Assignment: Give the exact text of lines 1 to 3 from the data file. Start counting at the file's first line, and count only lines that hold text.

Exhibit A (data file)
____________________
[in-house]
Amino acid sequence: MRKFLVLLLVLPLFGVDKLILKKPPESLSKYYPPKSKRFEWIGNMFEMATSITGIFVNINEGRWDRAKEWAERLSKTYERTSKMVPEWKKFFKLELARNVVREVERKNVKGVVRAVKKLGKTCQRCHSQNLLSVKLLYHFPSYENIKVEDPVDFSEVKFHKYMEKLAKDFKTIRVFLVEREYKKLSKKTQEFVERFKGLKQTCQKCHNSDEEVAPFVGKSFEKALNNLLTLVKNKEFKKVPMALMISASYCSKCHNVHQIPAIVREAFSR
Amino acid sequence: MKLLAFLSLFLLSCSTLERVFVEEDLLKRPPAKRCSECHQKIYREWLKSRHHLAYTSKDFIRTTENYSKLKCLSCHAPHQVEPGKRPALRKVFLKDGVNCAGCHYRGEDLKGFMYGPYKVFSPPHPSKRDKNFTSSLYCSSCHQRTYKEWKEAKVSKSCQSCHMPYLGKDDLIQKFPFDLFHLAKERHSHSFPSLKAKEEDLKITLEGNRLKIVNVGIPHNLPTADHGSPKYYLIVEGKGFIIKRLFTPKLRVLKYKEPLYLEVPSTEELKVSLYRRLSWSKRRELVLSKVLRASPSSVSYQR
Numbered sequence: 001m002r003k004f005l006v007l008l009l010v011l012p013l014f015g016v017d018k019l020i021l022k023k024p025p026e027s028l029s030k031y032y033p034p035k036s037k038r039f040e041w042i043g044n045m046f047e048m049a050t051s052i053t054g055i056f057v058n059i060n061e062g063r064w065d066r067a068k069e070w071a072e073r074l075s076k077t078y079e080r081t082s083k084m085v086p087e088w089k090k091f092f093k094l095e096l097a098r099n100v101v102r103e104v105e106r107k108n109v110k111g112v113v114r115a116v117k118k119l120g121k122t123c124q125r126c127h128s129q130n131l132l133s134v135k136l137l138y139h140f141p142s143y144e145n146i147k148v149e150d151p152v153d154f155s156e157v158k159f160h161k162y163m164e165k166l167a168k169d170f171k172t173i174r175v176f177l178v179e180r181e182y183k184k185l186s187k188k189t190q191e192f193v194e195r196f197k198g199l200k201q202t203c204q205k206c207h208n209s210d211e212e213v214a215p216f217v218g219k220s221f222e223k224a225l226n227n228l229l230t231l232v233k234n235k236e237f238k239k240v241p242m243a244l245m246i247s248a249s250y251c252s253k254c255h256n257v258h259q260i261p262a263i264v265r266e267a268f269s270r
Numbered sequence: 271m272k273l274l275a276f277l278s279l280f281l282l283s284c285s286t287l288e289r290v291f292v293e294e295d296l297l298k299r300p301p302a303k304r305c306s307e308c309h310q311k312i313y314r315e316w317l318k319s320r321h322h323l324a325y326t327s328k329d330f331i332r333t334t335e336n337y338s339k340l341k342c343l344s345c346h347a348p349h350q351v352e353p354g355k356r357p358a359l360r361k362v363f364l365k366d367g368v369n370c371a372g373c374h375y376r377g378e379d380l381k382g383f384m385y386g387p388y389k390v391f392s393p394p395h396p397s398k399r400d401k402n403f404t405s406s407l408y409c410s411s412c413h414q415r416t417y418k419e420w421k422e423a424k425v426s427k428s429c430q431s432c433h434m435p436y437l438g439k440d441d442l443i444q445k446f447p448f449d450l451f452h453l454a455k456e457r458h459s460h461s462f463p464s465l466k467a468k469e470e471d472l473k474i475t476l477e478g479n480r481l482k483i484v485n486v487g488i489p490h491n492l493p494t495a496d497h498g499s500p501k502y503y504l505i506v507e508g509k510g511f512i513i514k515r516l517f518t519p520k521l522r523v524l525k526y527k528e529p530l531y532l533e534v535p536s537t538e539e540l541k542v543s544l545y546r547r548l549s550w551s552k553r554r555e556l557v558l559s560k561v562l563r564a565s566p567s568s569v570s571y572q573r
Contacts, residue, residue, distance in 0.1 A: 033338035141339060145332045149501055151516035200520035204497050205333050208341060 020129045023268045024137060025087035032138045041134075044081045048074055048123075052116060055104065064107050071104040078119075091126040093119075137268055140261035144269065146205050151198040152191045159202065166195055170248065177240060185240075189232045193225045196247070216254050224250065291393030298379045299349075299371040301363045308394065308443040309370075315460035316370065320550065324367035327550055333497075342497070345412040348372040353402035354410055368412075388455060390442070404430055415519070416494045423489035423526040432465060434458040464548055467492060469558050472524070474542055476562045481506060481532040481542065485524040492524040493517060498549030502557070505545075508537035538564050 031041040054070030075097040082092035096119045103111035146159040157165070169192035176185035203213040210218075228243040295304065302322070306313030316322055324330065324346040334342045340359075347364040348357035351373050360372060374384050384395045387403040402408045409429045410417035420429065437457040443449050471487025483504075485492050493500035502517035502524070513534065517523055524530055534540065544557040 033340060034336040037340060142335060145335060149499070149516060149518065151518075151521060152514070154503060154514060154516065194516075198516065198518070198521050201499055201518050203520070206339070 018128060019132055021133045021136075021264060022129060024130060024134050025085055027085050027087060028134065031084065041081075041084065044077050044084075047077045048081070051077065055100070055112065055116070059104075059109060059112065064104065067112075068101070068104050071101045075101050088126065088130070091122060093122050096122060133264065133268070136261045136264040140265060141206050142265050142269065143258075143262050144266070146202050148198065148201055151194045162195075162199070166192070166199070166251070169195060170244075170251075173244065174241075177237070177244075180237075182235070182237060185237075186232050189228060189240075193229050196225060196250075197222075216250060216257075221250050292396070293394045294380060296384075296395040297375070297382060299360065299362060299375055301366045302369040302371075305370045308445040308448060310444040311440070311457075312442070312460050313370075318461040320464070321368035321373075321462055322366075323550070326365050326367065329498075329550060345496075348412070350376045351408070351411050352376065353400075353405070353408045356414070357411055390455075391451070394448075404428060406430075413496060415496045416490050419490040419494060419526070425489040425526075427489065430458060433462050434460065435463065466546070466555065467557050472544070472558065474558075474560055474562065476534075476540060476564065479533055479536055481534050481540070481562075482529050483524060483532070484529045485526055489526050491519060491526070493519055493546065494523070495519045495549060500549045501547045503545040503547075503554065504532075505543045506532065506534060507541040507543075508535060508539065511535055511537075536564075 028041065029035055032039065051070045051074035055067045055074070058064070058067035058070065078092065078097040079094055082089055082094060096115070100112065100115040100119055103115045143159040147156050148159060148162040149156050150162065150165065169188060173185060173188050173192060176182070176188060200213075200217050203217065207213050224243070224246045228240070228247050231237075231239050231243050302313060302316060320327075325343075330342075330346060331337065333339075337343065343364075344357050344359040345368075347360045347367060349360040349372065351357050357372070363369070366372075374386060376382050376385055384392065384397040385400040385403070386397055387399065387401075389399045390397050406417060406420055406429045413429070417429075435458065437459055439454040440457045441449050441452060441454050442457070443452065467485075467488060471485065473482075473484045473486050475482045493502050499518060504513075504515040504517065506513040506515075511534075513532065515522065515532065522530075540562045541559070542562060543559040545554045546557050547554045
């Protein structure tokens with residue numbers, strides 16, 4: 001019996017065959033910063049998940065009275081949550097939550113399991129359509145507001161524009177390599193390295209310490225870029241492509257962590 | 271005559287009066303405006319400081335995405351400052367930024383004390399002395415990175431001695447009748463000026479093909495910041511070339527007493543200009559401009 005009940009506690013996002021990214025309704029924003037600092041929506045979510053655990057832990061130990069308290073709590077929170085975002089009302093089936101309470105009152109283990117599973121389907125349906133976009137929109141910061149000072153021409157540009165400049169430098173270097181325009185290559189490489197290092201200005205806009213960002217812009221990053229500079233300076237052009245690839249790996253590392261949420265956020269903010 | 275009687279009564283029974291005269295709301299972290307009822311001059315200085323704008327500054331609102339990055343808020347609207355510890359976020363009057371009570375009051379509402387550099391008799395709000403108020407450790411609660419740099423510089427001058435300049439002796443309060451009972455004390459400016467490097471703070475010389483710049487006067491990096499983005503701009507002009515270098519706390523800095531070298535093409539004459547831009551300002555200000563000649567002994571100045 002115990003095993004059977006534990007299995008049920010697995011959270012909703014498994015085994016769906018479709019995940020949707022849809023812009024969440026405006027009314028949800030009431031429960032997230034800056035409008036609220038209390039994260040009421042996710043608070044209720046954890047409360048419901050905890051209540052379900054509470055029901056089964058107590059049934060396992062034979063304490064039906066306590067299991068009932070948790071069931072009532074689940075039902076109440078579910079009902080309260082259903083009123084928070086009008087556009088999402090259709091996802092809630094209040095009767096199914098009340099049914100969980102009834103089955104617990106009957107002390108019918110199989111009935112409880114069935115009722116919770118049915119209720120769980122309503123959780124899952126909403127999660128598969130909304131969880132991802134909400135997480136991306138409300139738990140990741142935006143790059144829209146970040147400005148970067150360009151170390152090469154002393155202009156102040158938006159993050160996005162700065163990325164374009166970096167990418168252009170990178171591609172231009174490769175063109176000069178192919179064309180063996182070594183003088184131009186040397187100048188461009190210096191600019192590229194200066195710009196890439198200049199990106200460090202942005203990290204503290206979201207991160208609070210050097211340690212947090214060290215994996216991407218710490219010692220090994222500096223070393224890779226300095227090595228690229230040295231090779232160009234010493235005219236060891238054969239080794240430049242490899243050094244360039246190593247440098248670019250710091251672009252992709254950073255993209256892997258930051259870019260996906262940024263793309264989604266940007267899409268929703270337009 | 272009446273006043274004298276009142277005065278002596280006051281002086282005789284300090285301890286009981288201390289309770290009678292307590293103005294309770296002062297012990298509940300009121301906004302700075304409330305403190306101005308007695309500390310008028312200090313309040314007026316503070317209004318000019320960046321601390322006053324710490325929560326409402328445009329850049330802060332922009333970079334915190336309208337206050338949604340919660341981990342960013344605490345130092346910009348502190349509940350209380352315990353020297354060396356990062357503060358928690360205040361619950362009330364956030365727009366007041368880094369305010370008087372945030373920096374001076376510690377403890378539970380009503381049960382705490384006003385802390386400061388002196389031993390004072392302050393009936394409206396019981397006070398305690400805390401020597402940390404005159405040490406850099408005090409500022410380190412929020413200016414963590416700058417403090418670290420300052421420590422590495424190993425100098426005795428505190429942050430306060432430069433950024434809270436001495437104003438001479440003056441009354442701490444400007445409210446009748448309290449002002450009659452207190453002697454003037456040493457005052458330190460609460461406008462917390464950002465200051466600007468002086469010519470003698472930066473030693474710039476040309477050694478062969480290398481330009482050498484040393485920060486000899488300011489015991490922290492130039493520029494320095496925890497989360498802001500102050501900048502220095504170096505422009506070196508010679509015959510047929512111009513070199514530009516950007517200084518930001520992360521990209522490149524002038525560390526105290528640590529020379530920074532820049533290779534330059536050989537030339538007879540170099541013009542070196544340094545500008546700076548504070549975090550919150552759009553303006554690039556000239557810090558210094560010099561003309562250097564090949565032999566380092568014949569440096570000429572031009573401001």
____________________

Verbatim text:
[in-house]
Amino acid sequence: MRKFLVLLLVLPLFGVDKLILKKPPESLSKYYPPKSKRFEWIGNMFEMATSITGIFVNINEGRWDRAKEWAERLSKTYERTSKMVPEWKKFFKLELARNVVREVERKNVKGVVRAVKKLGKTCQRCHSQNLLSVKLLYHFPSYENIKVEDPVDFSEVKFHKYMEKLAKDFKTIRVFLVEREYKKLSKKTQEFVERFKGLKQTCQKCHNSDEEVAPFVGKSFEKALNNLLTLVKNKEFKKVPMALMISASYCSKCHNVHQIPAIVREAFSR
Amino acid sequence: MKLLAFLSLFLLSCSTLERVFVEEDLLKRPPAKRCSECHQKIYREWLKSRHHLAYTSKDFIRTTENYSKLKCLSCHAPHQVEPGKRPALRKVFLKDGVNCAGCHYRGEDLKGFMYGPYKVFSPPHPSKRDKNFTSSLYCSSCHQRTYKEWKEAKVSKSCQSCHMPYLGKDDLIQKFPFDLFHLAKERHSHSFPSLKAKEEDLKITLEGNRLKIVNVGIPHNLPTADHGSPKYYLIVEGKGFIIKRLFTPKLRVLKYKEPLYLEVPSTEELKVSLYRRLSWSKRRELVLSKVLRASPSSVSYQR